Savannah — WSAV
On a beautiful day like today, you can find hundreds of people out and about, walking through downtown Savannah. Bay Street, MLK Boulevard — streets flooded with people everywhere. Something you’ll also see on these streets, if you look closely, trucks. And, lots of them. Many of them hauling dangerous chemicals that could, without exaggeration, potentially wipe out, eliminate, entire blocks, in an instant.
“Bay Street is our major East West corridor, DeRenne is another one, and you think about it, all these trucks are coming through here, what are they carrying?” says Savannah Alderman Van Johnson. “It’s ignorant to say we don’t know, but we don’t know everything that’s being transported through these trucks.”
“There is a very significant hazardous materials threat in Chatham County. We have millions and millions of pounds of hazardous chemicals throughout Chatham County and that’s just what’s reported to us,” says CEMA Director Dennis Jones.
The total from last year? Over 3.9 billion pounds. And, a lot of it is transported by rail, boat, and tanker truck. But, we’re not telling you anything new, really. This was all studied back in 2010.
“For us, it was a major problem because for some people would say it’s not flammable, but if it is, essentially what you would have, a mile from the explosion could be taken out,” says Johnson.
Now, seven years later, what has changed? News 3 camped out for several hours over two days along Bay and MLK. You can guess what we found. A lot of trucks on the same streets carrying the same hazardous materials.
“I think it’s one issue that we didn’t know what to do with,” says Johnson.
Just take a look around town, they’re not hard to find. Federal law requires hazardous trucks to display this type of red, triangular plackard on their vehicles. This four digit number is used to identify the hazardous material inside the truck’s container. There are hundreds of four digit numbers for a variety of materials. Should city leaders force these types of trucks to take different, safer routes — away from our neighborhoods?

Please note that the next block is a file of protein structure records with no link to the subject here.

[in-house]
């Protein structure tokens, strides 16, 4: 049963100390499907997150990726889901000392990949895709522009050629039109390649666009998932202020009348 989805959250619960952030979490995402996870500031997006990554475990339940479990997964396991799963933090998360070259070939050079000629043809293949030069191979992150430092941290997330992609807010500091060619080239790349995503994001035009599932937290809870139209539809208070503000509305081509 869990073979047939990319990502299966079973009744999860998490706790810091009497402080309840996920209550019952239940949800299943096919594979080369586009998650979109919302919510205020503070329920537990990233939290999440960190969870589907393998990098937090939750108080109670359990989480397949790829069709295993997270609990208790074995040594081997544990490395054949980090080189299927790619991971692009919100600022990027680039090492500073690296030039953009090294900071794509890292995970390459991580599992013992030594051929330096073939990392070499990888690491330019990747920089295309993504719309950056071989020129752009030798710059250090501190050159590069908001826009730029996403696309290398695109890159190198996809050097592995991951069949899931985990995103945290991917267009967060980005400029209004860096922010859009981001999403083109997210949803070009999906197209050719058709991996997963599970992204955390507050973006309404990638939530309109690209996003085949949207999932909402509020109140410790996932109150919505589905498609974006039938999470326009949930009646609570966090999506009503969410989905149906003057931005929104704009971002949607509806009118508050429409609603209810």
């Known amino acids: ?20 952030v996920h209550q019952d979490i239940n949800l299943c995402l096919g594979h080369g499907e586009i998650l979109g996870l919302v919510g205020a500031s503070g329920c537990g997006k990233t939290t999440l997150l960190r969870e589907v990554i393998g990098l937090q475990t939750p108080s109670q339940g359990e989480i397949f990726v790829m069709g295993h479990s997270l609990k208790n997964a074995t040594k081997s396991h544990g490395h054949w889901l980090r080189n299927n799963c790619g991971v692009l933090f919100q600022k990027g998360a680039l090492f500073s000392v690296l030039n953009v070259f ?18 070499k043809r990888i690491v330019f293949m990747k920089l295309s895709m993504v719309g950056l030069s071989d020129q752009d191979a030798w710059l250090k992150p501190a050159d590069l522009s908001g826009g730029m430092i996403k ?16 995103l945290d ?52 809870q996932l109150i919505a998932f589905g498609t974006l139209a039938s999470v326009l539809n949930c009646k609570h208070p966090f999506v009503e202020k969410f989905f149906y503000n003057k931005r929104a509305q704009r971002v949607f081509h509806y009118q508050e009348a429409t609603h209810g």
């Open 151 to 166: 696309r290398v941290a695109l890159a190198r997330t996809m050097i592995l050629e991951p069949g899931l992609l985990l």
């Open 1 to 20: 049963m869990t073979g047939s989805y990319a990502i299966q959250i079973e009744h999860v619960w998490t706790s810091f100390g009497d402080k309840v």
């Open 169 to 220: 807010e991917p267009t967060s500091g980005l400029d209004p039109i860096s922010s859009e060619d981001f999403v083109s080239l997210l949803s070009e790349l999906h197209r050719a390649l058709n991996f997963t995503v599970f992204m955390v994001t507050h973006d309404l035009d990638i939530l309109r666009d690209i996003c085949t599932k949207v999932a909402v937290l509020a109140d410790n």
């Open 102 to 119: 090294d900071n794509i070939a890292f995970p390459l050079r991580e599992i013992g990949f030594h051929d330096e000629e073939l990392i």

“The only alternative is to move the Bay Street traffic on to interior streets, which everyone would probably agree is not workable,” says Johnson.
If the worst were to happen today. Would the county be ready?
“I think so, the plans are in place, the emergency response community is well trained,” says Jones.
And, as for the city, what changes can we expect them to make to help prevent a disaster from happening in our community?
“It would be a good opportunity for us to revisit this now, with a new lens, fresh eyes and determine what can be done, if anything,” says Johnson.
Following our interview with Alderman Johnson, he sent a letter to the council and the City Manager informing them that he plans to reintroduce this matter during a future council meeting.
He hopes the council will be able to take action this time around. WSAV will keep you posted.